Urban air pollution modelling

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Simulated NOx concentrations over the city of Lausanne in June 2014

Urban air pollution varies strongly both spatially and temporally, between e.g., polluted busy streets and cleaner parks or residential areas. Simulating urban air quality is very challenging and requires high-resolution simulations based on detailed emission inventories. We use the GRAMM/GRAL  nested modelling system to simulate the mesoscale flow in complex urban terrain as well as the dispersion of air pollutants down to building resolving scales.

Specifically, we are investigating the air pollution in the two cities of Lausanne and Zurich in the framework of the project OpenSense 2 of the Swiss initiative Nano-Tera. Using the GRAMM/GRAL model system, we are producing hourly concentration maps of NOx and PM10 at 5 m resolution separately for different emission sectors (traffic, heating system, industry, etc.). These maps serve as a key input for health assessment studies.

  • GRAMM/GRAL system for the city of Lausanne
  • GRAMM/GRAL system for the city of Zurich
GRAMM/GRAL model system

GRAMM/GRAL is a coupled Eulerian (GRAMM; Graz Mesoscale Model wind fields) and Lagrangian (microphysics Graz Lagrangian Model) model, developed at the Graz University of Technology, Austria, and supported by the Federal State Government of Styria, Austria.

It was designed to reproduce 3D concentration fields of passive pollutants at very high resolution in complex topographic and building configurations. Application examples include environmental impact assessments of road networks, industrial complexes or street tunnel portals, odor impact assessments, and the simulation of air pollution levels in entire cities.

The complete documentation of GRAMM/GRAL is available here.

Setup of GRAMM/GRAL for urban air pollution modeling
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Schematic of the modelling approach. GRAMM computes the mesoscale flow for a given weather situation and drives a nested GRAL flow simulation followed by a sequence of GRAL dispersion simulations for selected tracers.

Simulating the full dynamic evolution of the atmospheric state in a whole city at building resolving scale and for long time periods would be prohibitively costly with current computing resources. To overcome this limitation, the GRAMM/GRAL system allows approximating the dynamic evolution by a sequence of hourly steady-state solutions. Generating this library of steady states still requires substantial resources, but once produced, the further computation of long-term series of hourly high-resolution pollution maps comes almost for free.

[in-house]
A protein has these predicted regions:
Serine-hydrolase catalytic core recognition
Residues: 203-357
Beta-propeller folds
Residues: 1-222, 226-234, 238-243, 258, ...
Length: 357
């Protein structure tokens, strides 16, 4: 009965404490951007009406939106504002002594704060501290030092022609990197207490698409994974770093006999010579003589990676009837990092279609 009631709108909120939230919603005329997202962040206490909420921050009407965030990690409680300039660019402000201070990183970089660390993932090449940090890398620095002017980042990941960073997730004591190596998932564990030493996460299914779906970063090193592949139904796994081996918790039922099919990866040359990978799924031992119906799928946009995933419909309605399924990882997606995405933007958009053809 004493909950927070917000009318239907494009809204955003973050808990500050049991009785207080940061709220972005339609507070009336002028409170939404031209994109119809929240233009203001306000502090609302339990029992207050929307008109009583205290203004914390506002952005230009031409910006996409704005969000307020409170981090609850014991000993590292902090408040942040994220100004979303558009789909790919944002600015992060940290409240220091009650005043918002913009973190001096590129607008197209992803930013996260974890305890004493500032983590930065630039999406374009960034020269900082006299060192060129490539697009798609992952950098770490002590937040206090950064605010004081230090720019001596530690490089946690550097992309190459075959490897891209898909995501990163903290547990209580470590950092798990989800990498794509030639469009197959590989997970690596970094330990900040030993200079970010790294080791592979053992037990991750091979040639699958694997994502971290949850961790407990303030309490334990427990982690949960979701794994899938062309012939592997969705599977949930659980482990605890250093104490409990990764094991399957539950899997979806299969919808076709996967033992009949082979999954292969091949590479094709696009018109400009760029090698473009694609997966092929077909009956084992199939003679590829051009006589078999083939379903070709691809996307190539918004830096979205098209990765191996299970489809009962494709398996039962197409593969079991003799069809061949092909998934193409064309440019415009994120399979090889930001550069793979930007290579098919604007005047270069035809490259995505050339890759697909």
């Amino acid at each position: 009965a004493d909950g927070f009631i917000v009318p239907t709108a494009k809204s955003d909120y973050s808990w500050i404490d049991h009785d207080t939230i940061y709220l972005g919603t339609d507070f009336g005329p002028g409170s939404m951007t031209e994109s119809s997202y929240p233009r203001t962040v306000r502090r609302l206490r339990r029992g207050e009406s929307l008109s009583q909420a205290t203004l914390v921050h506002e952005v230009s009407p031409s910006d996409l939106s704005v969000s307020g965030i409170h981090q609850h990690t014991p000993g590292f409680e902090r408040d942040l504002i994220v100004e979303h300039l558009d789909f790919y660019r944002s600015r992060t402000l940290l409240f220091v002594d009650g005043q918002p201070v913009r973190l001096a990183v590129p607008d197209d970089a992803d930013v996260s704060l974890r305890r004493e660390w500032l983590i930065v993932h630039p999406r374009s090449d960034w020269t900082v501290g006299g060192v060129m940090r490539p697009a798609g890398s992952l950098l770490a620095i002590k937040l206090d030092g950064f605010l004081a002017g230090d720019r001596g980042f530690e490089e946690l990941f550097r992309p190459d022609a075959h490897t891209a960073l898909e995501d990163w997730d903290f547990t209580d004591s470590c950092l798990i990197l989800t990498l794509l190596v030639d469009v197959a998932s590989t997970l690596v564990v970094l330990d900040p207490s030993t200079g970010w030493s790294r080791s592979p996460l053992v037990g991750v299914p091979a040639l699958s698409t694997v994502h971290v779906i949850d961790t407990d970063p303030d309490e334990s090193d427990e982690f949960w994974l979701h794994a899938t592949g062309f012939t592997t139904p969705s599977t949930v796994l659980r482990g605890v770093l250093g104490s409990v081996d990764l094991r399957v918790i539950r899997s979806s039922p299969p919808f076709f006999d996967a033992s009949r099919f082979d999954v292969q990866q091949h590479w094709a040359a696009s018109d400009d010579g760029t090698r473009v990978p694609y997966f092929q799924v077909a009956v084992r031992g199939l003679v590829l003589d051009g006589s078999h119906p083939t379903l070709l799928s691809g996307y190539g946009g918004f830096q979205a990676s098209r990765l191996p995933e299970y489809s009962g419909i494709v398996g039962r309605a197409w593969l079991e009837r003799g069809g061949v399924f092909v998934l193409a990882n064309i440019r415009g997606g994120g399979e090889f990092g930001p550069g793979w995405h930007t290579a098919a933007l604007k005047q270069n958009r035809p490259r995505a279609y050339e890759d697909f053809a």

For efficient and automated computation, we have ported GRAMM/GRAL to Linux and implemented the model on our computing cluster Hypatia.

 

Generating a library of pollution maps

A library of reference states is generated with the NWP model GRAMM for a discrete set of background wind speeds, wind directions, and atmospheric stability classes. GRAMM computes the mesoscale flow patterns at a horizontal resolution of 100 m accounting for the influence of topography and of heat and water vapor exchanges with various land types and water body surfaces.
In a second step, the CFD model GRAL is nested into a sub-domain of GRAMM model and solves for the steady state flow around buildings at a resolution of 5 m, forced at the boundaries by the GRAMM simulated fields. Based on the precomputed high-resolution wind fields, Lagrangian dispersion simulations are then performed within GRAL for a set of air pollutants (NOx, PM10) and polluting sectors (traffic, industry, heating systems, etc.) released according to an emission inventory. The result of this nested procedure is a library of 3-dimensional air pollution maps representative of hourly situations with no chemistry taken into account.


Aggregating hourly pollution maps

Hourly concentration maps are then generated by selected one of the pre-computed situations according to corresponding observed meteorological parameters (wind speed and direction, global radiation) at observation sites (e.g., MeteoSwiss) within a radius of 20km around the city.
Pre-computations are summed according to the contribution of each polluting sector (traffic, heating systems, industry, etc.) and to the temporal variability of each. For instance, traffic contribution is dynamically modulated according to hourly measurements of traffic counts.

A background representing in-coming air masses in the domain of simulation is picked at an observation site in rural areas close by the. It is added to the contributions of local emissions to obtain hourly pollution maps.

With this procedure, for example, 10 years of hourly pollution maps at 5m of resolution have been generated for the city of Lausanne.

 




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